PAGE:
2015 MRPS AND THESES

Idea or Individual? Indigenous Self-Representation and Narrative: Shannon Masters’ Empire of Dirt
Pamela Leigh Carlson

This MRP examined the film Empire of Dirt by Shannon Masters and the film's position when placed in three trajectories: Canadian filmmaking; documentary and ethnographic film; and the chick flick. My research has shown that Empire of Dirt is unique because of the film's portrayal of Indigenous women - portrayed as women who are like every other human being and not the product of stereotypes. As a result, Empire of Dirt is groundbreaking not only because of its representation of Indigenous women. Looking at an assortment of documentary, ethnographic, and cinematic films shows that Empire of Dirt's tendency to defy clear classification can also be observed when considering a multitude of film genres.


WINNER OF THE CADN ACADEMIC MERIT AWARD

Interrogating Accents: Brendan Fernandes, Katarina Zdjelar and Nicoline van Harskamp
Marianne Fenton

This MRP explores accent as an indicator of difference in three contemporary art works: Foe (2008) by Brendan Fernandes, The Perfect Sound (2009) by Katarina Zdjelar, and English Forecast (2013) by Nicoline van Harskamp. I demonstrate how these artists utilise visual media to scrutinise the embodied accent and its relationship with individual identity, notions of race and place and the nature of English as a Lingua Franca. Through investigating how accent is deployed in these artists’ works, I explore the relation of race and ethnicity to the “marked” (accented) sound of a voice. In so doing, I draw attention to audible markers of difference, which often remain hidden within the universalising language of English communication, and through a postcolonial reading of audible difference as decolonial gesture, analyse how this audible difference is embedded into visible markers of difference.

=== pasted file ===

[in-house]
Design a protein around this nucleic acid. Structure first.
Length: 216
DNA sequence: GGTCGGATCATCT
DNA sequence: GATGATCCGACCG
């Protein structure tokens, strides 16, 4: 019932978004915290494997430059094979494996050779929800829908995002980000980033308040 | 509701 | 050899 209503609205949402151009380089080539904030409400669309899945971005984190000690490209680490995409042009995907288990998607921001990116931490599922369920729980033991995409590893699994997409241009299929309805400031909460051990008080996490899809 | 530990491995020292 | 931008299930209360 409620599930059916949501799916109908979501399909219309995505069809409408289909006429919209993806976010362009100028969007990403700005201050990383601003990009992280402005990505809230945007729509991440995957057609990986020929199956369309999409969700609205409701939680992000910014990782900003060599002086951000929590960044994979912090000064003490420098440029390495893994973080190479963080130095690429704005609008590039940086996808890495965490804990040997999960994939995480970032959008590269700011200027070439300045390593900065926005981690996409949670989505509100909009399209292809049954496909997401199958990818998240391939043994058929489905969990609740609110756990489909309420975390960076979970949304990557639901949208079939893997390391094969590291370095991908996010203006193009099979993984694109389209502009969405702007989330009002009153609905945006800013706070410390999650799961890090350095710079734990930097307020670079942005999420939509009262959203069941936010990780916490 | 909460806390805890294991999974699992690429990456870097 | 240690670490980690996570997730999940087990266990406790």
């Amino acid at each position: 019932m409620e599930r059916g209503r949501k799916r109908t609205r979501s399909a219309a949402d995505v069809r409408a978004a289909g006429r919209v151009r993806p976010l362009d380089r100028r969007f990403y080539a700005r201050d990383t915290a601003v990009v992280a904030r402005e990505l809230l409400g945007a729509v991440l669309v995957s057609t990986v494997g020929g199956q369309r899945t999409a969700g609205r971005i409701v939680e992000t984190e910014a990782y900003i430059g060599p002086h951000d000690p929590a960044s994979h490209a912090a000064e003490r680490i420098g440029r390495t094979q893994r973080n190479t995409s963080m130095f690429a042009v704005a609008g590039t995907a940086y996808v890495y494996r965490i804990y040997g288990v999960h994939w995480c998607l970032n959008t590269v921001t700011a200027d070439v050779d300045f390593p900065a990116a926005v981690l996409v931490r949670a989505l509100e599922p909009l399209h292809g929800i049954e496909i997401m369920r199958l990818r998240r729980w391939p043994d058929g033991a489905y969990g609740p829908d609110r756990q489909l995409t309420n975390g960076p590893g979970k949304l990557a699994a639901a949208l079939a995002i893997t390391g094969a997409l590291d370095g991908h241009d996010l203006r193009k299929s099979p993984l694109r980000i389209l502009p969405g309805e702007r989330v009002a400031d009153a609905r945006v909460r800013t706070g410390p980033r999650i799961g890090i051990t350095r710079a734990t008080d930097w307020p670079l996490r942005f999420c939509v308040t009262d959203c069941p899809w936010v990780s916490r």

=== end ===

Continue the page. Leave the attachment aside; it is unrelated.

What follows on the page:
Allison Schulnik’s Hobo Clown: Grotesque Resistance, Storytelling Metamorphosis and Francis Kafka
William Boyd Fraser

Allison Schulnik’s Hobo Clown clay stop-motion film is analyzed using a rhetorical triangulation of persuasion. A hybrid method alternates Schulnik, reader and an imaginary Other for three points of view providing comparisons of story perspective. Franz Kafka’s The Metamorphosis provides an exemplary third person narrative style. A history of stop-motion animation, hobos and clowns, along with animation theory of metamorphosis contribute to a hypothetical null questioning of Schulnik’s grotesque as a constructive identity resisting expectation. Mise-en-scène of staging and music provide sensory, visual and auditory description along with primary source materials and theoretical insight for describing a reading of the film’s grotesque transformations. The argument for an in between space finds identity unresolved, yet yields features of contemporary grotesque for thinking about self(s). A singular meaning for contemporary grotesque is not determinable, however a contemporary anti-story of resistant through an anti-theory of open-ended subversion suggests perspectives for potential future research.


Designer-Maker: Hybrid Strategies for Interrogative Making in Design
Melanie Girdwood